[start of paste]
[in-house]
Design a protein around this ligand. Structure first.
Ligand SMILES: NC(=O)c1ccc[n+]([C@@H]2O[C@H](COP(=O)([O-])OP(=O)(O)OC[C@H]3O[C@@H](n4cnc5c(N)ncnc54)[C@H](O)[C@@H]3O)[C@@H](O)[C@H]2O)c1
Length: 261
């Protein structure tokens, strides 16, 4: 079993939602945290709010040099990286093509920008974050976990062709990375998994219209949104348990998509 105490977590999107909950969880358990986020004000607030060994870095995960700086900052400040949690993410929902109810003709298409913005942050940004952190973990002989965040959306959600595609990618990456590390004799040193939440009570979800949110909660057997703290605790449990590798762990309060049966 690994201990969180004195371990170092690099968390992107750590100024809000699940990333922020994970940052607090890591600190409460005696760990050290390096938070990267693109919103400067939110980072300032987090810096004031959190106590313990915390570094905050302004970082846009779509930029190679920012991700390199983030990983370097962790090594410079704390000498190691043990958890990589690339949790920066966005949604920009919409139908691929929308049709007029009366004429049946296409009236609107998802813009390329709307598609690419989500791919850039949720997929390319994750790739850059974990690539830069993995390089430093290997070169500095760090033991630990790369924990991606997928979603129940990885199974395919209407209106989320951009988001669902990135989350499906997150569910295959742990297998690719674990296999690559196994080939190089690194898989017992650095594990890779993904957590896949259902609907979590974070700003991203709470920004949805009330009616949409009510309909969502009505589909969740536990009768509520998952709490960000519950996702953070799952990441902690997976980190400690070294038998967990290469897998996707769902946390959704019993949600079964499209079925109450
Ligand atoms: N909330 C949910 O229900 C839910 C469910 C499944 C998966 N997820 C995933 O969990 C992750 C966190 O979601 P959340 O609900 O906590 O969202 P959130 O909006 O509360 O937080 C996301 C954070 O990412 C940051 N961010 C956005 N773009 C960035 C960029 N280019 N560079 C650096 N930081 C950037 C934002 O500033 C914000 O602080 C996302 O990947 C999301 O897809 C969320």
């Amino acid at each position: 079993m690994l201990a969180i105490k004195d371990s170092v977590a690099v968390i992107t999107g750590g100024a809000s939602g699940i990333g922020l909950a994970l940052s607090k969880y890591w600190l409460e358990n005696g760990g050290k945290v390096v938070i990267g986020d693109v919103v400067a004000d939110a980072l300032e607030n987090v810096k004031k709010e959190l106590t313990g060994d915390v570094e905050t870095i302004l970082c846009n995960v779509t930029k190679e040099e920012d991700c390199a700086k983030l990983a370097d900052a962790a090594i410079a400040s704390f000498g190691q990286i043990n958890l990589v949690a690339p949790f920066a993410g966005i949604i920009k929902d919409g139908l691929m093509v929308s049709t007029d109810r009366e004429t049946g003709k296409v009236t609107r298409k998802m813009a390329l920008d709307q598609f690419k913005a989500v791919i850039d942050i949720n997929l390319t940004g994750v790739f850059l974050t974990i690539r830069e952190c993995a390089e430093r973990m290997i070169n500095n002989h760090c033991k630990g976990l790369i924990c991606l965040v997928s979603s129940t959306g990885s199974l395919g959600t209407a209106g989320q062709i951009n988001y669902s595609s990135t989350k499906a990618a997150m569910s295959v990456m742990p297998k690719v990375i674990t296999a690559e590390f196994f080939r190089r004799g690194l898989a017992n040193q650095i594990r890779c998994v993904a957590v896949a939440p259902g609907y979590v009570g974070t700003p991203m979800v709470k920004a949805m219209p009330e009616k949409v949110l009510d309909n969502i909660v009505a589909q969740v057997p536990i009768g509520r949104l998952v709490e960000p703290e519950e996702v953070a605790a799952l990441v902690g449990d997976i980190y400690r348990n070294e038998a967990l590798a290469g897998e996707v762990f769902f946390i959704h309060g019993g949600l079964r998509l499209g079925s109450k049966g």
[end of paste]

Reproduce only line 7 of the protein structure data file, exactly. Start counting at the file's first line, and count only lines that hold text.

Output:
């Amino acid at each position: 079993m690994l201990a969180i105490k004195d371990s170092v977590a690099v968390i992107t999107g750590g100024a809000s939602g699940i990333g922020l909950a994970l940052s607090k969880y890591w600190l409460e358990n005696g760990g050290k945290v390096v938070i990267g986020d693109v919103v400067a004000d939110a980072l300032e607030n987090v810096k004031k709010e959190l106590t313990g060994d915390v570094e905050t870095i302004l970082c846009n995960v779509t930029k190679e040099e920012d991700c390199a700086k983030l990983a370097d900052a962790a090594i410079a400040s704390f000498g190691q990286i043990n958890l990589v949690a690339p949790f920066a993410g966005i949604i920009k929902d919409g139908l691929m093509v929308s049709t007029d109810r009366e004429t049946g003709k296409v009236t609107r298409k998802m813009a390329l920008d709307q598609f690419k913005a989500v791919i850039d942050i949720n997929l390319t940004g994750v790739f850059l974050t974990i690539r830069e952190c993995a390089e430093r973990m290997i070169n500095n002989h760090c033991k630990g976990l790369i924990c991606l965040v997928s979603s129940t959306g990885s199974l395919g959600t209407a209106g989320q062709i951009n988001y669902s595609s990135t989350k499906a990618a997150m569910s295959v990456m742990p297998k690719v990375i674990t296999a690559e590390f196994f080939r190089r004799g690194l898989a017992n040193q650095i594990r890779c998994v993904a957590v896949a939440p259902g609907y979590v009570g974070t700003p991203m979800v709470k920004a949805m219209p009330e009616k949409v949110l009510d309909n969502i909660v009505a589909q969740v057997p536990i009768g509520r949104l998952v709490e960000p703290e519950e996702v953070a605790a799952l990441v902690g449990d997976i980190y400690r348990n070294e038998a967990l590798a290469g897998e996707v762990f769902f946390i959704h309060g019993g949600l079964r998509l499209g079925s109450k049966g």